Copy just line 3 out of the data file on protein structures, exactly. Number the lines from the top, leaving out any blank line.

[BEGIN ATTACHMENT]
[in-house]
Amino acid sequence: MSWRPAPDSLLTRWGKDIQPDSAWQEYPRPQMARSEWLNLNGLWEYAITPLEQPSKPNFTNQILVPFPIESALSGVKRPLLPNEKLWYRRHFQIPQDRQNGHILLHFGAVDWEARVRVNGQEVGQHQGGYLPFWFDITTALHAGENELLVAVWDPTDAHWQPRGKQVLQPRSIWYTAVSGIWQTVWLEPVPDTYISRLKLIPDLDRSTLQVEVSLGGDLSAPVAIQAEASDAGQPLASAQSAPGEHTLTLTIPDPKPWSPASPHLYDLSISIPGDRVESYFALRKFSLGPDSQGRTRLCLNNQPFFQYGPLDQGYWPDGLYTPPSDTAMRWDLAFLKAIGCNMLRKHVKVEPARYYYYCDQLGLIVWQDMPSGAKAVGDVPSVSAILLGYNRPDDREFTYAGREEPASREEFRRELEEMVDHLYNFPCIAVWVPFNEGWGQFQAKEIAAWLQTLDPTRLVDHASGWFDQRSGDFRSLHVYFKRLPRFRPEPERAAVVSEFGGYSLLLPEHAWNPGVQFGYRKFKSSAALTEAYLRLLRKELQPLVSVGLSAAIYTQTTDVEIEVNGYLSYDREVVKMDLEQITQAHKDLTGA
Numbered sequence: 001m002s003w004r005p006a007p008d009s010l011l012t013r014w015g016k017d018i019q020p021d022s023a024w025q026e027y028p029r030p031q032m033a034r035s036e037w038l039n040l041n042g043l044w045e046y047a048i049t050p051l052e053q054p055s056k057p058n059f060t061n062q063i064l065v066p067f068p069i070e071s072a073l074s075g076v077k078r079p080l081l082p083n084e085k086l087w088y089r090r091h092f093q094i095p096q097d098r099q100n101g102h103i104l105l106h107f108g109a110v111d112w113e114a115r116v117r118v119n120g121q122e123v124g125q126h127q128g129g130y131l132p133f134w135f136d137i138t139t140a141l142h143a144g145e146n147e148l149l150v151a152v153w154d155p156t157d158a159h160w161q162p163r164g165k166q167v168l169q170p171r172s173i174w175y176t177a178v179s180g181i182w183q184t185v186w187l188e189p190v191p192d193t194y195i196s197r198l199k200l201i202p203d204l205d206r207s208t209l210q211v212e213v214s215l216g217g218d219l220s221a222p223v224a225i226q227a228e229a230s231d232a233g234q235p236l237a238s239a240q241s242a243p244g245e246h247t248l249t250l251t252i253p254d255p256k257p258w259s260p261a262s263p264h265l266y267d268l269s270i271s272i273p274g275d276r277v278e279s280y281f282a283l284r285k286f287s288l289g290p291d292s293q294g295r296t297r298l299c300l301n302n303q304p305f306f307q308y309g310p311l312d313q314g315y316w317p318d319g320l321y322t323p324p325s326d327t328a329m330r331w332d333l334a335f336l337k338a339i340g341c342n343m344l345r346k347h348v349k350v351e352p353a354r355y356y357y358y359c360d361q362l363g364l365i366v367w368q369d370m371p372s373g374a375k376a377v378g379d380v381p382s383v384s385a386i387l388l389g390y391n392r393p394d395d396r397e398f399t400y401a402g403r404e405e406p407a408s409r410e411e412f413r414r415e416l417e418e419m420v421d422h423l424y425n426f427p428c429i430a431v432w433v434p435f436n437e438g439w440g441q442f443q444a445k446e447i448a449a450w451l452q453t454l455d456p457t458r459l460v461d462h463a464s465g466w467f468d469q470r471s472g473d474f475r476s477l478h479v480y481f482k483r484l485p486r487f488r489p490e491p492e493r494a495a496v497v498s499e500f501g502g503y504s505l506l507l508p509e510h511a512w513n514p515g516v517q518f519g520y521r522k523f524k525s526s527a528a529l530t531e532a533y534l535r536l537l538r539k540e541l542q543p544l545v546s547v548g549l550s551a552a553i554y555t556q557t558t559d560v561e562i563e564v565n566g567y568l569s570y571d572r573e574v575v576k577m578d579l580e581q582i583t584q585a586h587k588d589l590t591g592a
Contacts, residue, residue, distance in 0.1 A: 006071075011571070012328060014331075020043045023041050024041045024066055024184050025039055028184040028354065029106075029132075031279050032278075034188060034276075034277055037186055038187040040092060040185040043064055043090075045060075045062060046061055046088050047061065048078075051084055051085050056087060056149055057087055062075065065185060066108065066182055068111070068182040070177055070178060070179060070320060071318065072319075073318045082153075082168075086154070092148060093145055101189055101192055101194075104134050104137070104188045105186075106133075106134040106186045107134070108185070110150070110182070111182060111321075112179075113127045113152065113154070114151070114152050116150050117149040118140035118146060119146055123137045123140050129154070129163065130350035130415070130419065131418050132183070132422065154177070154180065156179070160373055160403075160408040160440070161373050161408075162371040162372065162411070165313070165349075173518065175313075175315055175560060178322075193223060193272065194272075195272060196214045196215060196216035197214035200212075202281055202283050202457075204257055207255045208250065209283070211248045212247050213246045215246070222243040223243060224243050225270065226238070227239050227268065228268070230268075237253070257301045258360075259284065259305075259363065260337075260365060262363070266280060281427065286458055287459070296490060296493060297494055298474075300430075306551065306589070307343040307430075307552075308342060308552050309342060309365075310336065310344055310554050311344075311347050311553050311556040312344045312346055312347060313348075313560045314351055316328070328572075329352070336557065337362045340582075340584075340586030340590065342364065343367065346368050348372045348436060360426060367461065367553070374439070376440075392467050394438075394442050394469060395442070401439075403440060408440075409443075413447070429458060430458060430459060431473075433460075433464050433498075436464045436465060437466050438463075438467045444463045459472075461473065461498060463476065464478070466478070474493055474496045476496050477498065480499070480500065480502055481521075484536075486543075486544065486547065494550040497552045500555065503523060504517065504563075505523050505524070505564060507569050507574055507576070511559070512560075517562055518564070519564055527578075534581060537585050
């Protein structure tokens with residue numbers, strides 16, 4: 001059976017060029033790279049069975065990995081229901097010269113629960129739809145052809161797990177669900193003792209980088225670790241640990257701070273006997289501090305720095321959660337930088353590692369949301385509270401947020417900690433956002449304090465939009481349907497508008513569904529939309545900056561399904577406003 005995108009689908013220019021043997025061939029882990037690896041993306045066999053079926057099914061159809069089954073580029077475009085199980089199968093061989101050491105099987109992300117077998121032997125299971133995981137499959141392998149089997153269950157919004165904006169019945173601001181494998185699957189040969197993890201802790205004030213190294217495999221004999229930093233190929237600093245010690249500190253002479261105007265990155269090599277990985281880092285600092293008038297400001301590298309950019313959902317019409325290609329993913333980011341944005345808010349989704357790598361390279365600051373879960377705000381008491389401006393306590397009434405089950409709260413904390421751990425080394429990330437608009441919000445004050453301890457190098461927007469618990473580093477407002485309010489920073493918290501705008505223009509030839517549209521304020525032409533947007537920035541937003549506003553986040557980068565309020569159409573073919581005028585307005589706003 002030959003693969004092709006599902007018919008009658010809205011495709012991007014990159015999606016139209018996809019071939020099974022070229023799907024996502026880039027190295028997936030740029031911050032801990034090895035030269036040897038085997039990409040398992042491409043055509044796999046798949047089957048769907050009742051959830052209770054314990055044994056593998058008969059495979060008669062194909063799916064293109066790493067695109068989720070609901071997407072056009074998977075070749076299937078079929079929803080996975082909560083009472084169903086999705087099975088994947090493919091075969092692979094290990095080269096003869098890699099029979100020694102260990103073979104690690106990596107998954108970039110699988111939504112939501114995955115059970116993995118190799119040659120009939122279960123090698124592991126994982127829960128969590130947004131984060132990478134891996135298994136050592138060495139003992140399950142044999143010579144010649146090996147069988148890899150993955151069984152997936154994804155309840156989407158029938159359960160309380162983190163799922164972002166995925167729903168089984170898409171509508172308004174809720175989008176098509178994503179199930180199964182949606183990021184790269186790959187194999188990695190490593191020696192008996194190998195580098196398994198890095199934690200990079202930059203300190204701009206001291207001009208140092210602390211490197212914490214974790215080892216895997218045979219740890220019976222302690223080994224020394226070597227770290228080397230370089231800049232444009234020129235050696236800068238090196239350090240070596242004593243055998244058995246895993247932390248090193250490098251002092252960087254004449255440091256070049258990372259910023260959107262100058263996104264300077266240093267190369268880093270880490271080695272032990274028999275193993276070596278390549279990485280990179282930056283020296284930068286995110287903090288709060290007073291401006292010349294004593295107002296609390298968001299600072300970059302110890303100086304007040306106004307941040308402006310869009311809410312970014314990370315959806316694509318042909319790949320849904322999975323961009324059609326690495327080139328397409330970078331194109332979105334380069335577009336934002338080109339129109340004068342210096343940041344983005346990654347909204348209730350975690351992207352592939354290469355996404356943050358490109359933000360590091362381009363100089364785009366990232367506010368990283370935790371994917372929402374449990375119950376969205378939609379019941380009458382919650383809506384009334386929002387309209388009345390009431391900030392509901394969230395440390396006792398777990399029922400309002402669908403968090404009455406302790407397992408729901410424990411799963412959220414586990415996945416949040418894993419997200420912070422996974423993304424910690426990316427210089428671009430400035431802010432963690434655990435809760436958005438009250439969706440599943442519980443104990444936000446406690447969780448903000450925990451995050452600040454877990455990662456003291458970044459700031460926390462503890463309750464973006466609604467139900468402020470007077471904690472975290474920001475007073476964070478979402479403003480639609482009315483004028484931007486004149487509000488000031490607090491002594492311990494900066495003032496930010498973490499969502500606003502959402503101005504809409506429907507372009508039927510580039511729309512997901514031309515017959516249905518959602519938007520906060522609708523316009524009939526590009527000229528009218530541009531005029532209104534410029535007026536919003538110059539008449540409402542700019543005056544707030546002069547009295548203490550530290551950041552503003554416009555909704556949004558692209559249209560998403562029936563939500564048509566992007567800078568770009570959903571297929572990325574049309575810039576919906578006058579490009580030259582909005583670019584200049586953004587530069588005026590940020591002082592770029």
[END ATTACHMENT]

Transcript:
Numbered sequence: 001m002s003w004r005p006a007p008d009s010l011l012t013r014w015g016k017d018i019q020p021d022s023a024w025q026e027y028p029r030p031q032m033a034r035s036e037w038l039n040l041n042g043l044w045e046y047a048i049t050p051l052e053q054p055s056k057p058n059f060t061n062q063i064l065v066p067f068p069i070e071s072a073l074s075g076v077k078r079p080l081l082p083n084e085k086l087w088y089r090r091h092f093q094i095p096q097d098r099q100n101g102h103i104l105l106h107f108g109a110v111d112w113e114a115r116v117r118v119n120g121q122e123v124g125q126h127q128g129g130y131l132p133f134w135f136d137i138t139t140a141l142h143a144g145e146n147e148l149l150v151a152v153w154d155p156t157d158a159h160w161q162p163r164g165k166q167v168l169q170p171r172s173i174w175y176t177a178v179s180g181i182w183q184t185v186w187l188e189p190v191p192d193t194y195i196s197r198l199k200l201i202p203d204l205d206r207s208t209l210q211v212e213v214s215l216g217g218d219l220s221a222p223v224a225i226q227a228e229a230s231d232a233g234q235p236l237a238s239a240q241s242a243p244g245e246h247t248l249t250l251t252i253p254d255p256k257p258w259s260p261a262s263p264h265l266y267d268l269s270i271s272i273p274g275d276r277v278e279s280y281f282a283l284r285k286f287s288l289g290p291d292s293q294g295r296t297r298l299c300l301n302n303q304p305f306f307q308y309g310p311l312d313q314g315y316w317p318d319g320l321y322t323p324p325s326d327t328a329m330r331w332d333l334a335f336l337k338a339i340g341c342n343m344l345r346k347h348v349k350v351e352p353a354r355y356y357y358y359c360d361q362l363g364l365i366v367w368q369d370m371p372s373g374a375k376a377v378g379d380v381p382s383v384s385a386i387l388l389g390y391n392r393p394d395d396r397e398f399t400y401a402g403r404e405e406p407a408s409r410e411e412f413r414r415e416l417e418e419m420v421d422h423l424y425n426f427p428c429i430a431v432w433v434p435f436n437e438g439w440g441q442f443q444a445k446e447i448a449a450w451l452q453t454l455d456p457t458r459l460v461d462h463a464s465g466w467f468d469q470r471s472g473d474f475r476s477l478h479v480y481f482k483r484l485p486r487f488r489p490e491p492e493r494a495a496v497v498s499e500f501g502g503y504s505l506l507l508p509e510h511a512w513n514p515g516v517q518f519g520y521r522k523f524k525s526s527a528a529l530t531e532a533y534l535r536l537l538r539k540e541l542q543p544l545v546s547v548g549l550s551a552a553i554y555t556q557t558t559d560v561e562i563e564v565n566g567y568l569s570y571d572r573e574v575v576k577m578d579l580e581q582i583t584q585a586h587k588d589l590t591g592a